Today, the 4th of August, marks the 100th anniversary of the date that Britain formally declared war and what we refer to as World War One began.
We currently have an exhibition at the Bradford Industrial Museum called bradford’s war: 1914-1918 which explores the impact of the war on Bradford. It explores life on the home front and how it left a lasting legacy for life in the city today, affecting industry, women, leisure, attitudes to war and the treatment of the injured and disabled.
Liz McIvor, who curated the exhibition has written us a blog post giving us some of the context:
Growing tensions in Europe came to a head in late June when Franz Ferdinand (Arch-Duke of Austria-Hungary) was shot and killed in Bosnia. Nearby Serbia was accused of supporting this and Germany pressed Austria to declare war. Russia stepped in to help Serbia and Germany declared war on Russia and her ally France.
Germany moved through neutral Belgium to attack France first and this action drew Britain into a war that they knew was coming. The naval reserve and the British Expeditionary Force were swiftly deployed, joined by Indian troops.
Although the declaration came on the 4th, on Sunday the 2nd of August the bank holiday was extended and Bradford newspapers ran ‘special editions’ to let people know war would be declared.
This was the traditional day of the ‘Manningham Feast’ and there was something of a carnival atmosphere at the point of the declaration. By the end of the week the local volunteer unit had mobilised and gone to barracks at Selby. The standing army was small and had to be supported by ‘Saturday Night Soldiers’ similar to the Territorial army. The West Riding Volunteers (Keighley, Bingley and Shipley as well as Bradford) had experience, although at home, putting down strikes and riots at a time of high unemployment in depressed textile towns.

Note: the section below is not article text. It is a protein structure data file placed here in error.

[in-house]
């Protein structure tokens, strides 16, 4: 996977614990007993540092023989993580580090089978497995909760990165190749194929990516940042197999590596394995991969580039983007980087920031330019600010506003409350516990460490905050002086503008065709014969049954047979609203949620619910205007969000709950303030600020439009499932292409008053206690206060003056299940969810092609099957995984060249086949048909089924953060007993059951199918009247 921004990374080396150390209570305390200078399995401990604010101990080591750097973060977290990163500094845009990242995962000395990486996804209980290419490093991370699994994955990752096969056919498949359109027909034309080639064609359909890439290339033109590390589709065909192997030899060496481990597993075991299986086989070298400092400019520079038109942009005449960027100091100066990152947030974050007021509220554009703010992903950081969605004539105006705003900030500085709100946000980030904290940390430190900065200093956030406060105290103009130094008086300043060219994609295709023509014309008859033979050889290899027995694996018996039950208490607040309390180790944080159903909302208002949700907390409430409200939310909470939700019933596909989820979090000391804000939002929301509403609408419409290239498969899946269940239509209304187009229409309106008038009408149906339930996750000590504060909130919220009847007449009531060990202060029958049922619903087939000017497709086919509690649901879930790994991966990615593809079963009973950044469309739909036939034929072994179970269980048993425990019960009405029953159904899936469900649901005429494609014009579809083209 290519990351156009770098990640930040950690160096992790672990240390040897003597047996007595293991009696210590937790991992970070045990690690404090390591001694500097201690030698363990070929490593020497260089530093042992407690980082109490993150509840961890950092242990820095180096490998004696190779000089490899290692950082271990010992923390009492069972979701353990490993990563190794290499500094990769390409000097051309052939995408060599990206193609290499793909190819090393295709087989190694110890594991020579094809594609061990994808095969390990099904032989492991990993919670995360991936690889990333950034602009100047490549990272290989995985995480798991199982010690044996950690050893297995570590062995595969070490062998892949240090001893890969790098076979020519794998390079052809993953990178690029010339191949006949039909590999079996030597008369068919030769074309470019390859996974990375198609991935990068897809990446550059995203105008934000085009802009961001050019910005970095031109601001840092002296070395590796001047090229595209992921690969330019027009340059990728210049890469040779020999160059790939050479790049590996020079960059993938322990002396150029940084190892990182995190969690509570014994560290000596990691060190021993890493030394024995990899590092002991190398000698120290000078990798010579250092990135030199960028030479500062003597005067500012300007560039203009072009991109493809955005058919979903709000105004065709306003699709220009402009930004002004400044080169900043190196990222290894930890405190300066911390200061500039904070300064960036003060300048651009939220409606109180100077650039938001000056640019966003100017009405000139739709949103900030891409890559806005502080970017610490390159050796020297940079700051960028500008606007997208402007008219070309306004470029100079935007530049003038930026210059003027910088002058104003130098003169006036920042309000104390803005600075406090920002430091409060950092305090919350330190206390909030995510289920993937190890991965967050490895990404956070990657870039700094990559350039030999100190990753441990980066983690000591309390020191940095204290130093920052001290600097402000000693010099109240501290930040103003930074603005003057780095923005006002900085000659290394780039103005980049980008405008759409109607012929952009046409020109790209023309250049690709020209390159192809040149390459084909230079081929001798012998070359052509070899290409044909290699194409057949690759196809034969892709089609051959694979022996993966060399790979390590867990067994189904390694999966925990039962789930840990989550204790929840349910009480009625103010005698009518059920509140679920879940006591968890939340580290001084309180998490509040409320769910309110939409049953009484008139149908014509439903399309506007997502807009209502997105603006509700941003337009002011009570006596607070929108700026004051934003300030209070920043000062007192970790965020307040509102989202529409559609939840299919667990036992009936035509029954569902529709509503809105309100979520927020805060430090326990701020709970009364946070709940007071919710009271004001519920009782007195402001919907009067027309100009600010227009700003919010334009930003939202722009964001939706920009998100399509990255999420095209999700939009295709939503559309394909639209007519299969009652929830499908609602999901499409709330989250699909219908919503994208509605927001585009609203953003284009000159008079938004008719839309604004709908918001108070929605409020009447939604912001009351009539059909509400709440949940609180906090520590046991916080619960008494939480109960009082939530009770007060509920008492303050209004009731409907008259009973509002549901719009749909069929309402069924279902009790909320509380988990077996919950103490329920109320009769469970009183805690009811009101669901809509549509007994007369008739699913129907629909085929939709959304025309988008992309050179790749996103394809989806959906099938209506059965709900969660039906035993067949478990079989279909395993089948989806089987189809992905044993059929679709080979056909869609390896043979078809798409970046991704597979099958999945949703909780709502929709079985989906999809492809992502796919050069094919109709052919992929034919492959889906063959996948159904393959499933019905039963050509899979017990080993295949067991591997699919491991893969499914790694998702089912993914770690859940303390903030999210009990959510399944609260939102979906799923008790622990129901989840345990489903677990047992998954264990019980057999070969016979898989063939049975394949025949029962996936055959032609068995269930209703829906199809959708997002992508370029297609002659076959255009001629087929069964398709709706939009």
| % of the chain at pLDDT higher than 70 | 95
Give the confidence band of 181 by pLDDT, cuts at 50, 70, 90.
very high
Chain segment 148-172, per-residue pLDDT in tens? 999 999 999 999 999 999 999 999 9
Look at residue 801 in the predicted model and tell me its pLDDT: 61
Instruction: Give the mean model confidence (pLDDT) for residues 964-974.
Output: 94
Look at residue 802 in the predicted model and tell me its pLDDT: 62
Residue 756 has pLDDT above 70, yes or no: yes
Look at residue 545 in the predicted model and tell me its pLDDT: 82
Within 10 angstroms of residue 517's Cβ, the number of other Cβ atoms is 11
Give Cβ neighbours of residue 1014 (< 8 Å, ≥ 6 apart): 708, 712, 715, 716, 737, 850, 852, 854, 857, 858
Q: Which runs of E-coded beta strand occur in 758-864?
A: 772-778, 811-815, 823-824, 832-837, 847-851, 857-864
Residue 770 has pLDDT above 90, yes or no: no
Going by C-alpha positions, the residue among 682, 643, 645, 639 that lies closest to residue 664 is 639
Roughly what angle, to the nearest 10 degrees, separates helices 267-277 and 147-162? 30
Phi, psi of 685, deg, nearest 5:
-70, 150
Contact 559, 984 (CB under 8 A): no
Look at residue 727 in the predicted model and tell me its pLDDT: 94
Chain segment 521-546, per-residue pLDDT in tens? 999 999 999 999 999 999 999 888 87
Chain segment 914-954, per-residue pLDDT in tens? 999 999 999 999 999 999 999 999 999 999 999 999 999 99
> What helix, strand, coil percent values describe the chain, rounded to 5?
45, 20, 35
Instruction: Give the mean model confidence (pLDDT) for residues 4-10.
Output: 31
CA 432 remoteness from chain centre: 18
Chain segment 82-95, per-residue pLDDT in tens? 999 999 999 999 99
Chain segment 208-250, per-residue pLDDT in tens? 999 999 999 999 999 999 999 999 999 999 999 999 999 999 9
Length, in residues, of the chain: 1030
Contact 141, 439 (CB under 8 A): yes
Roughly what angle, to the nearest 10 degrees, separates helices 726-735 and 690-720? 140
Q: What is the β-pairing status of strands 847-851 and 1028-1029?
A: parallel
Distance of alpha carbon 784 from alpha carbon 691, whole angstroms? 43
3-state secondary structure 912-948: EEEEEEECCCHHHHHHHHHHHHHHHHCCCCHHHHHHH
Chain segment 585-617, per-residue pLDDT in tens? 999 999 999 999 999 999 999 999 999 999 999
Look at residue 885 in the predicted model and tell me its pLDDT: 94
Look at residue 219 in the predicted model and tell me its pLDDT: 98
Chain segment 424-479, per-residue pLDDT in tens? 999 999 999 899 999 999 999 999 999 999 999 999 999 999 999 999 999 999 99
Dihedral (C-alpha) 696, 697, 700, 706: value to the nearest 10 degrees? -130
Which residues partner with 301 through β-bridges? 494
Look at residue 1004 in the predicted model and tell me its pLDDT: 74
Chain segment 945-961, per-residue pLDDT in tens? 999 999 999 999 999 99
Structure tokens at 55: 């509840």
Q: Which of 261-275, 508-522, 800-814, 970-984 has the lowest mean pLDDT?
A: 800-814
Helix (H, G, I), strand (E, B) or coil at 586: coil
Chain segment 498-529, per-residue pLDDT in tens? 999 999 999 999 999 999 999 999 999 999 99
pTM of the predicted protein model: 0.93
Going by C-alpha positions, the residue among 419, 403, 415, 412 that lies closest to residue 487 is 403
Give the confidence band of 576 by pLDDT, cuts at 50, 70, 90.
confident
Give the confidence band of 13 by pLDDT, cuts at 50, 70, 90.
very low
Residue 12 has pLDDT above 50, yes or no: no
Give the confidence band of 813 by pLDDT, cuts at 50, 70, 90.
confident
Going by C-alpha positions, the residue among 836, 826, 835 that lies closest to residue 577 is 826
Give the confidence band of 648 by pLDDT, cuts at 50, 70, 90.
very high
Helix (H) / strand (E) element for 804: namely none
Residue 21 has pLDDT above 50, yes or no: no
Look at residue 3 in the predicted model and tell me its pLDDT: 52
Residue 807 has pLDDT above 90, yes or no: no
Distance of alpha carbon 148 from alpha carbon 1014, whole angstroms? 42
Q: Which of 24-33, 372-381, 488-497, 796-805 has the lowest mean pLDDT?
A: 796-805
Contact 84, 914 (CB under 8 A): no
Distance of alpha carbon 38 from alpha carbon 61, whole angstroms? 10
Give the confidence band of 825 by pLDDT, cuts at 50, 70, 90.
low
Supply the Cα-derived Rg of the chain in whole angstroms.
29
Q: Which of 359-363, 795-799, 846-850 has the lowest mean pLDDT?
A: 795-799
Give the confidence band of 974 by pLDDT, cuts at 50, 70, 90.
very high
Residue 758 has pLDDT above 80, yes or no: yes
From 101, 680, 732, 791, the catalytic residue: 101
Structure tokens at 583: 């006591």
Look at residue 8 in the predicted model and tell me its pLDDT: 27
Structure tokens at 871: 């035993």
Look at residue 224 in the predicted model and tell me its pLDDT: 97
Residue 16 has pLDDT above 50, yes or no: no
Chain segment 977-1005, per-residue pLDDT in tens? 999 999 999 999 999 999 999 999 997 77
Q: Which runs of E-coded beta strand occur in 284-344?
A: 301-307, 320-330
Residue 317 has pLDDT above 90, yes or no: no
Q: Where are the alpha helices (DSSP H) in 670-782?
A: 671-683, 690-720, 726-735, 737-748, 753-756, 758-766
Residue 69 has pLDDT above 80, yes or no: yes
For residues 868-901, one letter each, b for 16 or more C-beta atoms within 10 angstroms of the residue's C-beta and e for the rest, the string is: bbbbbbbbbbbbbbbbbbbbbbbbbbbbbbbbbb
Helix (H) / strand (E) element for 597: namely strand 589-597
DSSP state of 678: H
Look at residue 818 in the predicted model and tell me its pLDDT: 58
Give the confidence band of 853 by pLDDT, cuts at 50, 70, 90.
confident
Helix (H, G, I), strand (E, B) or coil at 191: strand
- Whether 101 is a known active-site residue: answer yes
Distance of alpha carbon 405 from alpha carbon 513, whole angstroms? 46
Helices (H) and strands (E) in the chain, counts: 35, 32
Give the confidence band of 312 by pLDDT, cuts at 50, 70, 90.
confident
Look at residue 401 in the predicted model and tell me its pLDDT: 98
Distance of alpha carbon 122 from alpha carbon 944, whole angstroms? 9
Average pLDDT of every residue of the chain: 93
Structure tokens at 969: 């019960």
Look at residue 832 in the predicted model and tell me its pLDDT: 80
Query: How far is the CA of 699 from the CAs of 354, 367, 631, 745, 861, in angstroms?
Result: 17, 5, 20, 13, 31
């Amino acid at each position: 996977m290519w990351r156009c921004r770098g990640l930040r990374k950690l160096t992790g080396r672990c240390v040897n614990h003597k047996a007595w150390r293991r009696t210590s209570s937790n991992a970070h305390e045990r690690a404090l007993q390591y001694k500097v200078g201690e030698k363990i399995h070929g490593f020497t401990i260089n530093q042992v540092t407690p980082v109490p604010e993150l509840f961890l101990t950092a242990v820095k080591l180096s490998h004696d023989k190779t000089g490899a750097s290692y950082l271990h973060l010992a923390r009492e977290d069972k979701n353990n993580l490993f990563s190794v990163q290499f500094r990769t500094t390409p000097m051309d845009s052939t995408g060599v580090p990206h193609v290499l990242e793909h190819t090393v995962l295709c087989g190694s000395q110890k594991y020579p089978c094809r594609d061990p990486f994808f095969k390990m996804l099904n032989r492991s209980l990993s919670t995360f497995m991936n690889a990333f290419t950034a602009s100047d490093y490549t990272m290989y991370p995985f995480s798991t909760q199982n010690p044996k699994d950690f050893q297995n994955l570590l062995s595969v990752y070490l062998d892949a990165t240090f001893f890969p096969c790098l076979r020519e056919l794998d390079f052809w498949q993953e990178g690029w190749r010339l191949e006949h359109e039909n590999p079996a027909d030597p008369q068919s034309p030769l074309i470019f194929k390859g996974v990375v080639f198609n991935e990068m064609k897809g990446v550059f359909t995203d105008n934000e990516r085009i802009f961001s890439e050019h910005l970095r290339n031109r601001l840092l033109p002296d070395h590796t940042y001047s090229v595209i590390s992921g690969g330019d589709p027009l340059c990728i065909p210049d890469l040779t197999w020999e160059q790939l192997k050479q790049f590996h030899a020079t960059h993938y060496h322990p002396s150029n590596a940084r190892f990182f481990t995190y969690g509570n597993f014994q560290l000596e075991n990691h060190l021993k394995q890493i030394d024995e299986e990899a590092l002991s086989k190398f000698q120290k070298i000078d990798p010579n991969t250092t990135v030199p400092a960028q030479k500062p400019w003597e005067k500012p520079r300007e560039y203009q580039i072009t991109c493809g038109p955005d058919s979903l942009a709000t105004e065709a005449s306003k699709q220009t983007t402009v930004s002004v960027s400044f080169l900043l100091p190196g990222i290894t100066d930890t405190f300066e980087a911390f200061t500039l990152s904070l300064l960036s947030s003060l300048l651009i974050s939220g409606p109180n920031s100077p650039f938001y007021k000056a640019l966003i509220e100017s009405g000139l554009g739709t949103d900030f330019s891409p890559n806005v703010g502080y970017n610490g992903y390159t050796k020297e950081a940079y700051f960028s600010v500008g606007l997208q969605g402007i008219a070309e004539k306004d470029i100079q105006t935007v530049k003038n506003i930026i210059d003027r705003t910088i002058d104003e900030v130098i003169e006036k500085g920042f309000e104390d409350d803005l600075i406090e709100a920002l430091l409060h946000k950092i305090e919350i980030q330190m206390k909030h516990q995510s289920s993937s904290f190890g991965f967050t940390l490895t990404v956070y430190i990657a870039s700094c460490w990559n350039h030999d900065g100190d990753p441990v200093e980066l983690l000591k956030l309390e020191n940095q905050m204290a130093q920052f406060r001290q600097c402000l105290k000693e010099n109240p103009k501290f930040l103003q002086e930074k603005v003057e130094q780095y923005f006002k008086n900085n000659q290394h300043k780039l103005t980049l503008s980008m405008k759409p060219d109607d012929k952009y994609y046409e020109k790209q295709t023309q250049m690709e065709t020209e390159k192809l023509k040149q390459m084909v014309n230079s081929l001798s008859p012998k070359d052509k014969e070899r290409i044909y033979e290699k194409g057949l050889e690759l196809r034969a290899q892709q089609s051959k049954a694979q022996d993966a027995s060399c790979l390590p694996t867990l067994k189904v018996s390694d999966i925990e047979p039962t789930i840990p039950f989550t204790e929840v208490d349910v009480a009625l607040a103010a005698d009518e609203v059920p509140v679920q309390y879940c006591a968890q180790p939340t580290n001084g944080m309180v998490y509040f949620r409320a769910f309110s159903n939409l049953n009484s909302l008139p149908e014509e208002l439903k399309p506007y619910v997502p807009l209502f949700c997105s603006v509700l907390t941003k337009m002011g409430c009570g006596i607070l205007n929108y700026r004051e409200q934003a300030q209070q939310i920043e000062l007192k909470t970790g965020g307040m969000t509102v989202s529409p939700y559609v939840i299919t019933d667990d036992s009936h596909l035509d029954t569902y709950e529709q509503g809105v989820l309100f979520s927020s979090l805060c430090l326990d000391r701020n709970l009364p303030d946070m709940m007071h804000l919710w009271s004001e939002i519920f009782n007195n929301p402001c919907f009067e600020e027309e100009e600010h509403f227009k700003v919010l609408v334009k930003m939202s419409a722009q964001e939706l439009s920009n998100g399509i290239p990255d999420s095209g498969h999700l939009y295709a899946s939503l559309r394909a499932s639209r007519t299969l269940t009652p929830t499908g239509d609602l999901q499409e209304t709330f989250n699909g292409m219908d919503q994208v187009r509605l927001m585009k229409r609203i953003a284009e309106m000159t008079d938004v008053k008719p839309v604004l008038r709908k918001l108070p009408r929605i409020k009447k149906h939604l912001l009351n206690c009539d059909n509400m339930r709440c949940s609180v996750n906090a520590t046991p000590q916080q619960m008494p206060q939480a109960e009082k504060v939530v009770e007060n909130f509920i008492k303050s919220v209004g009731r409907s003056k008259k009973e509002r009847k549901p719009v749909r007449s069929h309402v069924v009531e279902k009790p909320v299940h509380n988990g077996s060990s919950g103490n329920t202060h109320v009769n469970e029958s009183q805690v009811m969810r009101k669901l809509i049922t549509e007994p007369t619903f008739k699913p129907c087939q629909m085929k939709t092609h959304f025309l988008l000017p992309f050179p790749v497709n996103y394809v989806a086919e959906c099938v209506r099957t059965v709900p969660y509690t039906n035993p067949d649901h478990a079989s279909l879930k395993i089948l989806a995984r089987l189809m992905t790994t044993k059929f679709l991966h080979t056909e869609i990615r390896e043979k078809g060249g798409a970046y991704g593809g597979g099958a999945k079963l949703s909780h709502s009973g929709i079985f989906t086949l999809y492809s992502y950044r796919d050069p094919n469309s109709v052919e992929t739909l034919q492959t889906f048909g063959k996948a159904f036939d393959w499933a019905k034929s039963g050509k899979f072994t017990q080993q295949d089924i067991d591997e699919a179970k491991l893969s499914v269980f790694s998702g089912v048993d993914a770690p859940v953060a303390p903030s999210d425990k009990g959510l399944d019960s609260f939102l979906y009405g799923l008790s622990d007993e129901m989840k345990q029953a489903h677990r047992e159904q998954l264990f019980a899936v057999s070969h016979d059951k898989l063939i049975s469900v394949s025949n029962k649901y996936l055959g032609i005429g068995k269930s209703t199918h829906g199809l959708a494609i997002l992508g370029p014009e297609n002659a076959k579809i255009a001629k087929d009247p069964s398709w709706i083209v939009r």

There were nowhere near enough men to engage Germany though, so Kitchener (a hero of the African Wars), was chosen as a celebrity figurehead and senior staff campaigned for battalions of local ‘Pals’ to form. With the idea that, amongst civilians, the best way for them to fight was for each other, as brothers neighbours and friends. Bradford’s ‘Pals’ became the 16th battalion of the Prince of Wales Own Yorkshire Regiment. Their first signed recruit is listed as P.M Crowther, a solicitor from Manningham, on September 8th.
At the same time, Belgian refugees began to arrive in the city, stirred up by stories of German atrocities, 1000 men signed up, as well as 300 special constables for home duties, even though it was noted at the city sessions that there was an ‘absence of serious crime’ at the time . By October, the first 50 wounded soldiers arrived at the new St Luke’s Hospital (the Bradford War Hospital).
By the time the Pals left for training in January 1915, an 18th battalion had begun to recruit as there were still not enough men and it looked like conscripts would be needed.
The Lord Mayor of Bradford appealed for calm and asked people not to ‘panic buy’ as it pushed up food prices, particularly of milk and bread. Beer went up by one penny per pint!
Four more years of war would have a devastating effect at home and abroad and few people escaped its consequences. Today, a hundred years later we are asked to reflect on this anniversary and ask ourselves what we might have done in similar circumstances and what the lessons are for people living today.